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A sommelier and chef head to northern B.C. to grow mushrooms

Mushroom growers turn personal consumption into commercial operation in Smithers, B.C.
French Canadian sommelier Marie-Eve Arseneault started Smithereens Mushrooms with her husband, French chef Alexis Galus. (Photo by Smithereens Mushroom)

Fungus or not, the vegetable that grows out of composting matter is loaded with protein, vitamins, minerals and fibre. So what makes one suddenly want to start growing mushrooms?

French Canadian sommelier Marie-Eve Arseneault and French chef Alexis Galus began growing lion’s mane mushrooms in Smithers, B.C., for their own culinary and medicinal purposes; however, in 2020, a landslide closed the only road leading up to Smithers.

“No trucks or food trucks were coming up north … We realized that if something really big happened, we don’t have many [food producers] up north. And we were already growing for our own personal consumption, so we decided, well, let’s get going,” Arseneault told Black Press Media.

The couple built a container farm on their property, allowing them to do everything from scratch — whether inoculating mushrooms or selling mycelium liquid cultures to other mushroom growers.

“One of the things we thought about when building our farm is that mushrooms are a crop that can go bad quickly, so we thought, ‘what can we do not to put our products in the garbage?’”

So they added another container to the farm and built a kitchen, allowing them to process their mushrooms.

Along with being a food producer in the north, Arseneault said that vegetarians and vegans are growing in number, and mushrooms are becoming the centre of a plate, instead of a side. On average, they grow around 20 varieties of mushrooms, adding seasonal varieties depending on the climate the mushrooms like.

“The lion’s mane mushroom looks like your brain and tastes a bit like lobster or shrimp. When you cook it, it’s so versatile. You can pull it as pork or you can make crab cakes or cook it like a steak. Chestnut mushrooms have cute caps and are really crunchy. Black poplar is a little bit more nutty flavour.

“We’re definitely in the shroom boom,” said Arseneault.

Arseneault and Galus met in Montreal’s restaurant industry before venturing to Whistler, B.C., in 2008. After Galus’ visa ran out in 2011, they headed to Australia, where they could finally learn English — as it turned out, Whistler was filled with Francophones.

The couple returned to Whistler in 2014, staying only briefly. A ski trip in Smithers convinced them to establish roots in the northern town by early 2015.

While the adventurous couple has had to slow down in terms of travelling, things continue to be busy.

“Mushroom farming is like dairy farming. You have to be here every day, so it’s a pretty big change.”

The couple’s son, Sören Galus, who turns five this summer, helps out, too.

“He pretends to love mushrooms at the market, but he doesn’t like eating them,” laughed Arseneault.

“The only thing I have been able to trick him with is the lion’s mane because it’s a little bit like tofu in many ways. So I’ve been pretending it’s chicken and stuff.”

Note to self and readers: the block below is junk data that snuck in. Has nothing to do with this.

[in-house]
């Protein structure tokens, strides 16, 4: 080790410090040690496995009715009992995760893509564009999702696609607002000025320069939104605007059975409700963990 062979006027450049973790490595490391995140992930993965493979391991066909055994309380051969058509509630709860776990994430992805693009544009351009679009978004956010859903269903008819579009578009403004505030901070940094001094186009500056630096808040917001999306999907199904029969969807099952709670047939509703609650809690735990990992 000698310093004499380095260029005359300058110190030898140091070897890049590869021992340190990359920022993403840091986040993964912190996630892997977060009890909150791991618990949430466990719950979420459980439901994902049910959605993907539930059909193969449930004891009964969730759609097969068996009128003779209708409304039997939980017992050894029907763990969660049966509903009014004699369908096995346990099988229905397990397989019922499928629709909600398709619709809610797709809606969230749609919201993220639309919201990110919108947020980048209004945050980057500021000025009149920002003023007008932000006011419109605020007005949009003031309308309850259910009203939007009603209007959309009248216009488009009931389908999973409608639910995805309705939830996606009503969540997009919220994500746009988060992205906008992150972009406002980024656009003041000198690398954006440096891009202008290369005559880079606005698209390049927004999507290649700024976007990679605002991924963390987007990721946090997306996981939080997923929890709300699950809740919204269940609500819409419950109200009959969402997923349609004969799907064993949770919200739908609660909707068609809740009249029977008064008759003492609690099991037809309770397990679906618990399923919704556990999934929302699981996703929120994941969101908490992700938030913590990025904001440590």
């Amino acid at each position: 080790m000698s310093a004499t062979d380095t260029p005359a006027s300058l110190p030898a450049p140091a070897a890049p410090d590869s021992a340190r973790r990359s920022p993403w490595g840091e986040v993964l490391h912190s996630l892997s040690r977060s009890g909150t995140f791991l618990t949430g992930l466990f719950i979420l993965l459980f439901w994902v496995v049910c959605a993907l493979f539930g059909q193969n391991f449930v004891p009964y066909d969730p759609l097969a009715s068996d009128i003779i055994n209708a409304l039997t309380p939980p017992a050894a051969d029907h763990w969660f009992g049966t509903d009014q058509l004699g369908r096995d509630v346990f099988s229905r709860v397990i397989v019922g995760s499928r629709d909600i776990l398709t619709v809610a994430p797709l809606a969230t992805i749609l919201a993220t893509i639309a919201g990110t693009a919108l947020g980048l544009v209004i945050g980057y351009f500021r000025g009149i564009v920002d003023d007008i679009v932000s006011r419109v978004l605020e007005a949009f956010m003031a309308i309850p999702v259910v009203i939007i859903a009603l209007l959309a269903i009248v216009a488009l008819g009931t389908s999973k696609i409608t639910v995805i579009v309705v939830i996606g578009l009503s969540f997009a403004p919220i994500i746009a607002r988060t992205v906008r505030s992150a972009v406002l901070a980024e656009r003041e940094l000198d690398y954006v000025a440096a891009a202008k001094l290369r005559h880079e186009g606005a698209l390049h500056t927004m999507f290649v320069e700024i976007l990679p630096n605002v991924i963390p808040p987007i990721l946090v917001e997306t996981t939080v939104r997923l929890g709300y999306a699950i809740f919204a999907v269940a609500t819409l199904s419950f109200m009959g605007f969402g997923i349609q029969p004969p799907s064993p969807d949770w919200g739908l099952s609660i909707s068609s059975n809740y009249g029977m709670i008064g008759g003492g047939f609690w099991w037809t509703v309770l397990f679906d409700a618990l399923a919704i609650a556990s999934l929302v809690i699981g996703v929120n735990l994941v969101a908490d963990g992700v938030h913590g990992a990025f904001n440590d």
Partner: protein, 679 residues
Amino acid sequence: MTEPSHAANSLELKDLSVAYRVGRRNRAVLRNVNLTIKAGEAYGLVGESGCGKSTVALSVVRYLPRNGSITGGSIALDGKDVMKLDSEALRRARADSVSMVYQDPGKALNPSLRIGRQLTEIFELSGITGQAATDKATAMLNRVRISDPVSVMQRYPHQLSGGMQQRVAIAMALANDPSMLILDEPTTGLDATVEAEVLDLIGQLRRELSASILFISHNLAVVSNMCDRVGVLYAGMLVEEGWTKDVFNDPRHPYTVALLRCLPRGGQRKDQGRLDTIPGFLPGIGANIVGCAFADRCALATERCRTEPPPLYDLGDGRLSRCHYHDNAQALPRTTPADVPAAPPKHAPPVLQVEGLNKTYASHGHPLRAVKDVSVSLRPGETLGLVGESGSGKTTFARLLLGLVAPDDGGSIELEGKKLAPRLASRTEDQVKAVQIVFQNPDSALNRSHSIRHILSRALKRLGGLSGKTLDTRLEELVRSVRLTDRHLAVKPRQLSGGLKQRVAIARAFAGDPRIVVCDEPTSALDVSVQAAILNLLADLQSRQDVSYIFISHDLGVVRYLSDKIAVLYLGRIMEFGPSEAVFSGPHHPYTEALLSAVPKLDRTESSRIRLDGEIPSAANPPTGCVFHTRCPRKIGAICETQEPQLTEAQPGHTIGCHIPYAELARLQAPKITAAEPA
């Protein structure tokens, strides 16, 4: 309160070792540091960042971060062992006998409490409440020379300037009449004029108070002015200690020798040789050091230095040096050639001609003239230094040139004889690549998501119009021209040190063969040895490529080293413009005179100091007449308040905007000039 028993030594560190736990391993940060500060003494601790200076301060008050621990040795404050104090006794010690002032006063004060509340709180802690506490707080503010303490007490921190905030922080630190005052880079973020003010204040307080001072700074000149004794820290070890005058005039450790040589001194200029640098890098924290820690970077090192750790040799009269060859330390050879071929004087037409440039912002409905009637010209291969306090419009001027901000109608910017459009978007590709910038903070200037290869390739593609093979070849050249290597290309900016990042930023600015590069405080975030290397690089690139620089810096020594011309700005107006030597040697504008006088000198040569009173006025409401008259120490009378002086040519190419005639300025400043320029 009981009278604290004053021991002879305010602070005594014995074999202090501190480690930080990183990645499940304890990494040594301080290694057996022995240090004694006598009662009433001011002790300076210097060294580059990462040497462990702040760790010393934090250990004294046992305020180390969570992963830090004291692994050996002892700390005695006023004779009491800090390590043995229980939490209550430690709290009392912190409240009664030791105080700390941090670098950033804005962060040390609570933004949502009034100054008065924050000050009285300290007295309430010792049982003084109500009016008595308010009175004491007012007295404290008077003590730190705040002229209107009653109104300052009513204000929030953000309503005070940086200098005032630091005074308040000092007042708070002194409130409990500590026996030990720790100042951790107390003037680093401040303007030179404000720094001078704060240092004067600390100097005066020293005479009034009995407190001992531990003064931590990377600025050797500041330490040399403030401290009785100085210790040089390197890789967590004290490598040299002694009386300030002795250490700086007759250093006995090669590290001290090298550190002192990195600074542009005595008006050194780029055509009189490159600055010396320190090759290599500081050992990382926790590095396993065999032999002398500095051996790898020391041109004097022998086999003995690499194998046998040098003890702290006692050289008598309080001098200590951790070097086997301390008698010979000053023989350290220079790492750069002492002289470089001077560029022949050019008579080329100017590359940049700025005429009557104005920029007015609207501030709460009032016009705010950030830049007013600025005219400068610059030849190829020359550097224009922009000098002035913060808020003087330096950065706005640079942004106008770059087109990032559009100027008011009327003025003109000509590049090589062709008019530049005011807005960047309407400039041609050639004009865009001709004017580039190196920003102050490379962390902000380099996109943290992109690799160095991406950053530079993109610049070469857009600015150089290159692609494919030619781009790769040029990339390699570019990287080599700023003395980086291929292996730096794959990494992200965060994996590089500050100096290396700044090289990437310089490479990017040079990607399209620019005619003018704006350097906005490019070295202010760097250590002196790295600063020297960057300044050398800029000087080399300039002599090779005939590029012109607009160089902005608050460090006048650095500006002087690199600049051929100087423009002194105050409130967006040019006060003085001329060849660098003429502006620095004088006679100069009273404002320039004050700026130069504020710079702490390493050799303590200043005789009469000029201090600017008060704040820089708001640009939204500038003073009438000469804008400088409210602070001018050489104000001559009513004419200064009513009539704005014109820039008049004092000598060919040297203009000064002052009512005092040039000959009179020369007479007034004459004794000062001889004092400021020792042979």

When the fruiting blocks are ready, which are a mix of hardwood pellets and soil, they turn white. This means the mushrooms have fully colonized the blocks. Next, they move from incubation to the fruiting room. Here, they can control the humidity, CO2 levels, airflow (changed every five to six minutes) and temperature, which is necessary in a climate where temperatures go from -40 C to 30 C seasonally.

“For example, the black pearl, if we give it too much humidity, it’ll show signs of too much humidity, but another mushroom will love that amount.”

Cleanliness is a huge factor when it comes to mushroom growing. To help combat this, the walls in the facility are made of plastic panels. In addition, the fruiting room is deep cleaned once a week, with individual areas cleaned more often as needed.

After the fruiting room comes the kitchen, where fresh mushrooms are processed – dehydrated or perhaps turned into a mushroom risotto – and packaged before being sent to retailers or heading to the local farmers’ market.

The mushroom farm, licenced with the Canadian Food Inspection Agency, grows lion’s mane mushrooms, blue oysters, black pearls, turkey tails, chestnuts, golden mushrooms and more.

“For me, coming from the wine industry, where you always have something to learn, mushrooms are exactly the same,” said Arseneault.

“We have so much to discover.”

Learn more about the mushroom farmers by visiting

Golden oysters from Smithereens Mushrooms, a mushroom farm in Smithers B.C., started by Marie-Eve Arseneault and Alexis Galus. (Photo by Smithereens Mushrooms)
Smithereens Mushroom grows mushrooms, with the fruiting room on the left and their commercial kitchen on the right. (Photo by Smithereens Mushrooms)
Mother of pearl mushrooms from Smithereens Mushrooms, a mushroom farm in Smithers B.C., started by Marie-Eve Arseneault and Alexis Galus. (Photo by Smithereens Mushrooms)

Kim Kimberlin, Local Journalism Initiative

About the Author: Kim Kimberlin, Local Journalism Initiative

I joined Black Press Media in 2022, and have a passion for covering topics on women’s rights, 2SLGBTQIA+ and racial issues, mental health and the arts.
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